Just four races into this career, sophomore pacer Always A Prince is undefeated and racing impressively for trainer Bill Dailey.
by James Platz
The 2018 race meet at Hoosier Park Racing & Casino is just under a month old and one of the early storylines to watch this summer is a relatively green sophomore that is thus-far undefeated. Shelved as a freshman out of concern for soreness, Always A Prince has started the season a perfect four-for-four. The most recent victory for the Always A Virgin gelding was a 1:51.2 triumph in the $15,000 final of the Jerry Landess Series. It was the latest in a string of impressive miles for the Bill Dailey-trained pacer.
“We qualified him twice and he was a little sore his first start. We ended up scratching him,” Dailey said of the freshman campaign. “He had a left hind issue. We had him bone scanned and x-rayed and never found anything. It could have been a bone bruise or something. We just elected to wait on him.”
Based on his early returns, Always A Prince has been worth the wait. Bred by Emerald Highlands Farm, the gelding is out of The Panderosa mare Glorious Princess. The dam, a sister to Rock To Glory p,2, 1:52.4s; 3, 1:50.1s; 1:49.2f ($807,323) and Bound For Glory p,2, 1:55.3; 3, 1:52s ($317,709), had produced two winners in her first three foals when Dailey plucked the then-colt from the 2016 Buckeye Classic Yearling Sale for a price of $30,000. The owner and trainer didn’t have to look far for partners on the pacer, reaching out to his old friends Carl and Melanie Atley.
“I went to school with Carl. He and I have known each other since we were kids,” said Dailey. “We started buying a few horses together a few years ago and this is one of them.”
Atley is a farmer by trade, growing 7,500 acres of corn and soybeans each year in Xenia, Ohio. He and his wife owned harness horses in the past, but when Ohio’s racing fortunes headed south, he left the business. Once slots arrived, he returned to racing, and the last few seasons have produced incredible results. Atley was involved in the partnership that owned 2016 Breeders Crown Mare Pace champion Lady Shadow. He also teamed with Dailey to capture a pair of Ohio Sires Stakes championships that same year with freshman pacing colt Scotch McEwan and sophomore pacing filly My Tweed Heart. Always A Prince is one of 31 horses the Atleys own solely or in partnership with others.
“It kind of added up pretty quick. I’ve been in it for about three years or four years,” Atley said with a laugh. “We’ve been very, very fortunate.”
With Always A Prince, the partnership may have their next champion in the making. After qualifying at Miami Valley in late March, where he romped by 15 lengths in a time of 1:56.2, the sophomore shipped to Hoosier Park to make his debut. Racing over the Anderson, IN oval for the first time, Trace Tetrick guided Always A Prince to a 1:52.4 score. Since that first start, the gelding has competed in the Landess Series exclusively. In the first leg, he won by more than four lengths with a 1:52.3 clocking in the wire-to-wire performance. Always A Prince followed that with another dominant effort, this time stopping the clock in 1:51.1. Friday night, April 27, he completed the Landess Series sweep, this time capturing the event in a time one-fifth of a second off his best one week earlier.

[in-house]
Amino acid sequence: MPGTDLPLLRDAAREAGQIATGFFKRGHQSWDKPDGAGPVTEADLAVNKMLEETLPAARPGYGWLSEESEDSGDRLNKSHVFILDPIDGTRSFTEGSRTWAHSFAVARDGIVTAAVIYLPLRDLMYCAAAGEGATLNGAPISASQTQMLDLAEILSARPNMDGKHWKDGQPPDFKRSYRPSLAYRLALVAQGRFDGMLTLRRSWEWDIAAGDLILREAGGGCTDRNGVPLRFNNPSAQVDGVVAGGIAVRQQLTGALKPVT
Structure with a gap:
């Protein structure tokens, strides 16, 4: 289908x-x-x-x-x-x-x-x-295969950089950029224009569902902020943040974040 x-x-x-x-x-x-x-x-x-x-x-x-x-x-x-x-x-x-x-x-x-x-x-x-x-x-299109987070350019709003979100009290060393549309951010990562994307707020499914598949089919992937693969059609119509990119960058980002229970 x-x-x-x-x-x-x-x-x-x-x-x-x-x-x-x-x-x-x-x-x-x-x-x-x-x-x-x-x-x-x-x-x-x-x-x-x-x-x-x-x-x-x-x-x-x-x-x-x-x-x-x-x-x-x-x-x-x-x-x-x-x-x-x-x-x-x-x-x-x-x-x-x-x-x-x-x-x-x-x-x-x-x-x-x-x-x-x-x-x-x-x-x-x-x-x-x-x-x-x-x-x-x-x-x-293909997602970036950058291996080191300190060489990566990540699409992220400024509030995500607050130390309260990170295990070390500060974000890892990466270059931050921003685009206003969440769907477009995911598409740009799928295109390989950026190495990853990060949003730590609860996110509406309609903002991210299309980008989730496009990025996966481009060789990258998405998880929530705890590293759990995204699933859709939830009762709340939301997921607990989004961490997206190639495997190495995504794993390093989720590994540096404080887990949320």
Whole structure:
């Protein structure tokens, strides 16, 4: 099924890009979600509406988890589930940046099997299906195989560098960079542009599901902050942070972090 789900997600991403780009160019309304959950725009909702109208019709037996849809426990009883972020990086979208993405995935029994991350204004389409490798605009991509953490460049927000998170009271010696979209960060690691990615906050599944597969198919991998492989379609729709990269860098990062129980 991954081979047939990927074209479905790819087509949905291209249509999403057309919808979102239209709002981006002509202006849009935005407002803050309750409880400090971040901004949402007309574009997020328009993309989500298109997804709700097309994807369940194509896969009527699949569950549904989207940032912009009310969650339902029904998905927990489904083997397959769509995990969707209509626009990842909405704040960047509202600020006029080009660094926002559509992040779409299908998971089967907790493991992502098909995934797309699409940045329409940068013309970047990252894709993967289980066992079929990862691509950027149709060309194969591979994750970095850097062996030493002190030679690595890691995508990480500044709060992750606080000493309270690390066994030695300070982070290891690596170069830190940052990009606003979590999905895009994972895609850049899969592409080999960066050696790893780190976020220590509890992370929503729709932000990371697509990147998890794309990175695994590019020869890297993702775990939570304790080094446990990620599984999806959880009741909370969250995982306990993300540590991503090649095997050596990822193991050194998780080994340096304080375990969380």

“He seems like a very nice colt. He’s very professional; he does all the right things and has a great attitude. He acts like an old horse in a young horse’s body,” Tetrick said of the 3-year-old. “He’s done all the hard work so far and went some big miles, pacing all the way to the wire.”
Training down this winter, Dailey felt he had a horse capable of big things. In only four starts, Always A Prince has shown his ability and reinforced his trainer’s assessment. As some of Indiana’s top freshman colts from 2017 begin to return to the track as sophomores, the question is where this relatively inexperienced speedster fits into the division. In late May as Indiana Sires Stakes get underway that question will be answered.
“I knew I had a nice colt. I don’t know how nice, and I still don’t. But I knew he was kind of a high-end horse. He’s real intelligent, big-gaited, and willing to do the work. I’ve been real high on him all winter,” Dailey said. “I think he’s a very versatile colt. I think he’ll race any way right now. He certainly trained that way. You never know until you do it. He’s a real professional colt for as green as he is. I’m pretty sure he’s going to be competitive in there (sires stakes). He’s going to have to pace in 1:50 pretty quickly.”
One of the top horses coming back from last season is Always Bet De Grey, another son of Always A Virgin bred and owned by Emerald Highlands Farm. The colt captured last year’s $220,000 Indiana Sires Stakes final for trainer Brian Brown. Tetrick was in the bike for that victory, and more recently steered the reigning champion to a 1:51.2 qualifying win Saturday morning (April 28) at Hoosier Park. The track’s leading driver feels Always A Prince is on par with the best young Indiana-sired pacers from last season.
“I think he’s a top-tier colt just because of how handy he is,” Tetrick said. “He could be one of the better ones, it’s hard to say just yet until they all match up. At this point he’s done everything we’ve asked him to do and he’s done it in the correct manner.”
With $18,000 on his card this season, Always A Prince may not have earned back his purchase price yet, but he stands to do that, and more. With a little racing luck, this prince could become king of Indiana’s three-year-old division. For Atley, having another horse of this caliber is exciting, and something he savors.
“I’m pleased to death. Bill’s done an excellent job getting him ready and Trace has done a heck of a job driving him,” he said. “Having one this nice, they are few and far between.”